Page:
Three months after Gov. Ron DeSantis announced that seniors were his top priority in the coronavirus vaccine rollout, about 1.8 million of the state’s residents 65 and older still hadn’t been vaccinated as of Monday.
DeSantis is expanding vaccination eligibility next week to anyone 60 or older, adding another 1.4 million people to those vying with seniors for the often hard-to-get vaccine appointments. Health care workers, people of any age with underlying conditions and firefighters, teachers and law enforcement officers 50 and older also are eligible.
Advocates and agencies that serve seniors are worried. Aside from the competition for shots, many seniors can’t use online appointment systems, lack transportation to clinics or are homebound.
“As we add this new group,... that’s going to create the possibility of people who are 65 and up who’ve been trying to get through — but just haven’t been able to get through yet — just giving up,” said Jeff Johnson, state director for AARP.
“Seniors First. That’s what Governor DeSantis promised,” said Brian Lee, director of Families for Better Care, which advocates for long-term care residents. ”As more vaccines become available, they should be funneled to seniors first, so we can get back to safely reuniting grandparents with their grandchildren without the fear of someone getting sick and dying.”
As of Monday, 59 percent of Floridians 65 and older — about 2.6 million people — had received at least one dose of the vaccine, according to the Florida Department of Health. Florida has nearly 4.5 million seniors.
“The state’s top priority remains to vaccinate as many eligible Floridians as possible,” said Samantha Bequer, press secretary of the state Division of Emergency Management. “Through a combination of the federally-supported vaccination sites, the federal pharmacy program and the state’s weekly vaccine allocations, the state is able to expand prioritized populations for COVID-19 vaccines, while also still ensuring Florida’s seniors are able to receive the vaccine.”
The state has also run clinics in neighborhoods and faith-based locations, a mobile program to vaccinate homebound residents and on-site clinics in care facilities.
Some unvaccinated seniors may have chosen not to get the shots. In the first round of vaccine clinics at care facilities, 85 percent of assisted-living residents and 69 percent of nursing home residents opted to receive the vaccine, according to the state.
The federal government also is trying to help get seniors vaccinated.
The Biden administration said last week it will partner with health insurance companies, who will contact Medicare recipients with information about vaccines, schedule appointments and coordinate transportation. The focus will be on reaching people in medically underserved areas.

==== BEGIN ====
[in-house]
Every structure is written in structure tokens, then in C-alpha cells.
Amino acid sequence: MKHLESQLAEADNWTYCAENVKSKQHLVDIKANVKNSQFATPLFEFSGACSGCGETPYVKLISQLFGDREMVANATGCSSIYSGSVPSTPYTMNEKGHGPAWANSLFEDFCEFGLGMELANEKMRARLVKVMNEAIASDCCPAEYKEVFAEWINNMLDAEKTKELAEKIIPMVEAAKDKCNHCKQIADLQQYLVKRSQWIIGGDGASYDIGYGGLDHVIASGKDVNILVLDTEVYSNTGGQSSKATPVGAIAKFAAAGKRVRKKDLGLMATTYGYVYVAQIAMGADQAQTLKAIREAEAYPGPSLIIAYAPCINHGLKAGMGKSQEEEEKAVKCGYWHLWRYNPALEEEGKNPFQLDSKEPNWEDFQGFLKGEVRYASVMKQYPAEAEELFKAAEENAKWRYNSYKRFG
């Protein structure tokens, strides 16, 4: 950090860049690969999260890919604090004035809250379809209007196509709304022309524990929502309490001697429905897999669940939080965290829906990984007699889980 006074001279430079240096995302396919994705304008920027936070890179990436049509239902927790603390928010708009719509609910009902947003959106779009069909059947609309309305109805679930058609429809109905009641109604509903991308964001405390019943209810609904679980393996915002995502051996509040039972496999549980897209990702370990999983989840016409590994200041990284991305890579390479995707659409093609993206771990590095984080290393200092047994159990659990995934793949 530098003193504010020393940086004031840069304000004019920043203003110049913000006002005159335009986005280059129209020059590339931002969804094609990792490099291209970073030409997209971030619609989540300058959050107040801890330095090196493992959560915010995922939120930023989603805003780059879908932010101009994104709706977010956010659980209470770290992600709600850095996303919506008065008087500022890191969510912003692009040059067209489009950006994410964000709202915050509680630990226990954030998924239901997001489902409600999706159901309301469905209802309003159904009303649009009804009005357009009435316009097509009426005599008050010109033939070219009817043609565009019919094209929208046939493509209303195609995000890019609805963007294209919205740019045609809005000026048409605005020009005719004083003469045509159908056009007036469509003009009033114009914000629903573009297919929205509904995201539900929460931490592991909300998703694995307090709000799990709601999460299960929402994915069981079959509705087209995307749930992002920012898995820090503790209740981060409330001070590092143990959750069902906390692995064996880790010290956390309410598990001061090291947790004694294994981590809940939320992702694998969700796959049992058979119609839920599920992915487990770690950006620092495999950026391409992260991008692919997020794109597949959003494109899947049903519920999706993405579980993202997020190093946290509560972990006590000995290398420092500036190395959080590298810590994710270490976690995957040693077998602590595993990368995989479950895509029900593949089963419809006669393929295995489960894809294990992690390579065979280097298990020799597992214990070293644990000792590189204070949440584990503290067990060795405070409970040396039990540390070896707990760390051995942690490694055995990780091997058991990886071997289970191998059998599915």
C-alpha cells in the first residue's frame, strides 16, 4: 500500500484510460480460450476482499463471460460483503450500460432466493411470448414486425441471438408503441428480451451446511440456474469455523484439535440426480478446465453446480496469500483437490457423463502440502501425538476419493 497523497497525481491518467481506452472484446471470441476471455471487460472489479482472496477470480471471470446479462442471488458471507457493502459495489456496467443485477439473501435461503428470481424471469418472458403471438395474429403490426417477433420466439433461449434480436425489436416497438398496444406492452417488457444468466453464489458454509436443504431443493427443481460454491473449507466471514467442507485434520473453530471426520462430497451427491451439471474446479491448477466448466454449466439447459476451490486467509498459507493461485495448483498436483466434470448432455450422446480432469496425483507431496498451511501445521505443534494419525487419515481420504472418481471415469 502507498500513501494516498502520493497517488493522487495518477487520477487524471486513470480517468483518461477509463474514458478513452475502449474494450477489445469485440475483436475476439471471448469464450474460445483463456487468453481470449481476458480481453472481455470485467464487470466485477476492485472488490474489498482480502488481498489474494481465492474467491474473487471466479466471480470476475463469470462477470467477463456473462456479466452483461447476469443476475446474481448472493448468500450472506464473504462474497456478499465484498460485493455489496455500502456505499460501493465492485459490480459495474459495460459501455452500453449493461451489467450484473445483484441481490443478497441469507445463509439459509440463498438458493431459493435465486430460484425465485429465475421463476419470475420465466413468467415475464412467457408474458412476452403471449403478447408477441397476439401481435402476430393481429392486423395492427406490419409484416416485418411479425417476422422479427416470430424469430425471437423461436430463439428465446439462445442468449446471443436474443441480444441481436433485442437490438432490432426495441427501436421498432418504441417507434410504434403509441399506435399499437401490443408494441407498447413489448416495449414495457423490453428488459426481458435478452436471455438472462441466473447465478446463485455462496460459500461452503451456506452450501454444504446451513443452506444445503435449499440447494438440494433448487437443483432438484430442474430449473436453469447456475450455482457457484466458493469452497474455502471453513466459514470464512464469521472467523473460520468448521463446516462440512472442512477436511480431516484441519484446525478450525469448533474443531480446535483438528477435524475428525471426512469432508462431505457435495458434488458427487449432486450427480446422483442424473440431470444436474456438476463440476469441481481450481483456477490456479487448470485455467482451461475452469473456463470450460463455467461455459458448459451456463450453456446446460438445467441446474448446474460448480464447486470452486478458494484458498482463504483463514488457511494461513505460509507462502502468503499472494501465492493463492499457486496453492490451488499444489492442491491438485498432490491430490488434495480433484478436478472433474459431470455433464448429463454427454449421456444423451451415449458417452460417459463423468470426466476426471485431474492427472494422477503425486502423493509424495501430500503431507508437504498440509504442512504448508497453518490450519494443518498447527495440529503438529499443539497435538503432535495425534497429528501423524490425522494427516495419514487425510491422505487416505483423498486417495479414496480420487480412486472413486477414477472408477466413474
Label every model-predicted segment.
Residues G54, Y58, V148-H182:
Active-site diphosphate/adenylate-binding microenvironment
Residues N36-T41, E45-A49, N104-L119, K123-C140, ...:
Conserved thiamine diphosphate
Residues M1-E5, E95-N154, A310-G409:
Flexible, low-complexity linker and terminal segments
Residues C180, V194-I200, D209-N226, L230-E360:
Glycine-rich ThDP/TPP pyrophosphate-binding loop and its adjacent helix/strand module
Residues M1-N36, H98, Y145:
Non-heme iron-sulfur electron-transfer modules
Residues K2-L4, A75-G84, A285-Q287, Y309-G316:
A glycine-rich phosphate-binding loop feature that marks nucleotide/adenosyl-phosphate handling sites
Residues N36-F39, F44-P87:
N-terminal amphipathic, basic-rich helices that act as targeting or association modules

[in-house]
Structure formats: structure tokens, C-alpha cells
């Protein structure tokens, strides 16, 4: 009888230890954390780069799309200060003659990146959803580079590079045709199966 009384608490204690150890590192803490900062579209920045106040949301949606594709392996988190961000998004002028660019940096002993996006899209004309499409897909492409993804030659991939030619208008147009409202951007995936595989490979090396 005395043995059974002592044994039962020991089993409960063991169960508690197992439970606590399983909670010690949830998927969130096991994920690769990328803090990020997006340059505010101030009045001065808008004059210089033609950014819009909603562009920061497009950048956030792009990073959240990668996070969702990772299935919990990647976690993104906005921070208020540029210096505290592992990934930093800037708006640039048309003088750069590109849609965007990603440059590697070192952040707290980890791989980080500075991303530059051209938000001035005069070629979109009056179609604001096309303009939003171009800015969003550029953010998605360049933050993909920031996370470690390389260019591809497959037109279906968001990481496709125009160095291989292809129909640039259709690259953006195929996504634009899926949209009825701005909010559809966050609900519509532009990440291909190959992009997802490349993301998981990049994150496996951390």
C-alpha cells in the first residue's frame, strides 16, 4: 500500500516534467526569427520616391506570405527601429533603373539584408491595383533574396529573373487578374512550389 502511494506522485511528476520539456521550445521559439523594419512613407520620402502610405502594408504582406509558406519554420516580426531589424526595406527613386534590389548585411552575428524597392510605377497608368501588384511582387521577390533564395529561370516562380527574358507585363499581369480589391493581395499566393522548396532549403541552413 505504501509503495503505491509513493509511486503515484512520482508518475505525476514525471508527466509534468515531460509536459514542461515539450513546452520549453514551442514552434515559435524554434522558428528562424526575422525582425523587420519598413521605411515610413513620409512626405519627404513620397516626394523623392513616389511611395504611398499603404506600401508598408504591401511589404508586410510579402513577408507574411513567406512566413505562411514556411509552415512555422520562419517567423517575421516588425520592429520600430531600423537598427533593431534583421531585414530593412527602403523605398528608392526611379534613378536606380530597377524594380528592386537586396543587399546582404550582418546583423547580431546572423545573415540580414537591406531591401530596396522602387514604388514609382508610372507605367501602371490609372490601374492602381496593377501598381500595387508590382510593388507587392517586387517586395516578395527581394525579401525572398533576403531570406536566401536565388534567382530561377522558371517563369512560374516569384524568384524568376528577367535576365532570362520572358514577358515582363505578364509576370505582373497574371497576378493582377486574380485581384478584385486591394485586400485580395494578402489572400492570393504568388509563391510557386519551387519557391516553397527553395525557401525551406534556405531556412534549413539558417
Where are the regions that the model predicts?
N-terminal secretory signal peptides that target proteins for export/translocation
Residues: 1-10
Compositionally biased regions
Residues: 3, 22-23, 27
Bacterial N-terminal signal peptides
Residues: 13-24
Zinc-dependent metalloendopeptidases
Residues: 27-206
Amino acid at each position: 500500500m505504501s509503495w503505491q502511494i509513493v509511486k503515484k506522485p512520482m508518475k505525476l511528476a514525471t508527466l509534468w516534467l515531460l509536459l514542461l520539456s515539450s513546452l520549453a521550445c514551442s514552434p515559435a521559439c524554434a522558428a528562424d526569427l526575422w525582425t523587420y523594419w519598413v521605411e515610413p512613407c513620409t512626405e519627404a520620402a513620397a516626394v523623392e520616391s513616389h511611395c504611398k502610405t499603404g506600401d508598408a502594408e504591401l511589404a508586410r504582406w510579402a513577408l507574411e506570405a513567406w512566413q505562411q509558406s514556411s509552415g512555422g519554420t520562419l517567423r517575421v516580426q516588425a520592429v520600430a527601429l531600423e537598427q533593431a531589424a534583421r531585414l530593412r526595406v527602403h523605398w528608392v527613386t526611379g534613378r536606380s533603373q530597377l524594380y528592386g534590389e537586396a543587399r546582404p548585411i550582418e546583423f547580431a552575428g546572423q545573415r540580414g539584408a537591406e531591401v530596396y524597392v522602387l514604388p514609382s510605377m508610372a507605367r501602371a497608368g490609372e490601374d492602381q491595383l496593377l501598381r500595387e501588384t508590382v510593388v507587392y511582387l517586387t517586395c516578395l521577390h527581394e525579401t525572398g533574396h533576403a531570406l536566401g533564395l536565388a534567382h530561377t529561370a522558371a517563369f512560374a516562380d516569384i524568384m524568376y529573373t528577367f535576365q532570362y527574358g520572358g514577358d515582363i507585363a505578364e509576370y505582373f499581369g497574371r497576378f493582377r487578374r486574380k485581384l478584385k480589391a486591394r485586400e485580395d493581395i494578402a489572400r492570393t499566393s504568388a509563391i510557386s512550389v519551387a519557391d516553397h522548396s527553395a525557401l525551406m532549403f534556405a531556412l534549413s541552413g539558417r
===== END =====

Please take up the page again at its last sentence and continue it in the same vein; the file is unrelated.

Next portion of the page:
And seniors can obtain shots through pharmacies, grocery store chains and some medical facilities.
State health department offices in each county have their own systems for vaccinating people 65 and older, but more than 300,000 in Tampa Bay had not received shots as of Monday, according to the state data. Every county office is sharing information on social media and with local agencies, and some are connecting more directly with seniors.
As of Monday, nearly 54 percent of Hillsborough County’s 206,498 seniors had received at least one dose, according to the state, leaving more than 95,000 unvaccinated.
The county’s health department office has administered 17,529 first doses at targeted clinics in senior communities and 175 first doses via mobile vaccine services for homebound individuals, according spokesman Kevin Watler.
As of Monday, nearly 53 percent of Pinellas County’s 247,636 seniors had received at least one dose, according to the state, leaving more than 116,000 unvaccinated.
The county’s health department office has allowed residents to sign up for shots online and notifies them with appointments in the order in which they signed up. This alleviates the need for them to compete for appointments online.
The department is sharing information with churches, nonprofits and local government agencies and setting up clinics with them, according to spokesman Tom Iovino. The department also is training libraries to help people register for shots.
As of Monday, about 50 percent of Pasco County’s 124,451 seniors had received at least one dose, according to the state, leaving more than 62,000 unvaccinated.
The county’s health department office is working with home health agencies, hospitals and physician’s offices, to expand their capacity to provide vaccinations and exploring program to vaccinate homebound people, according to their spokesperson.
As of Monday, about 44 percent of Hernando County’s 52,875 seniors had received at least one dose, according to the state, leaving nearly 30,000 unvaccinated.
The county’s health department office call center is open 24 hours a day to answer questions and help with scheduling, according to spokeswoman Ashley Thomas. And the department has organized vaccination clinics in senior communities.
Times reporter Allison Ross contributed to this report. The Associated Press contributed to this report.
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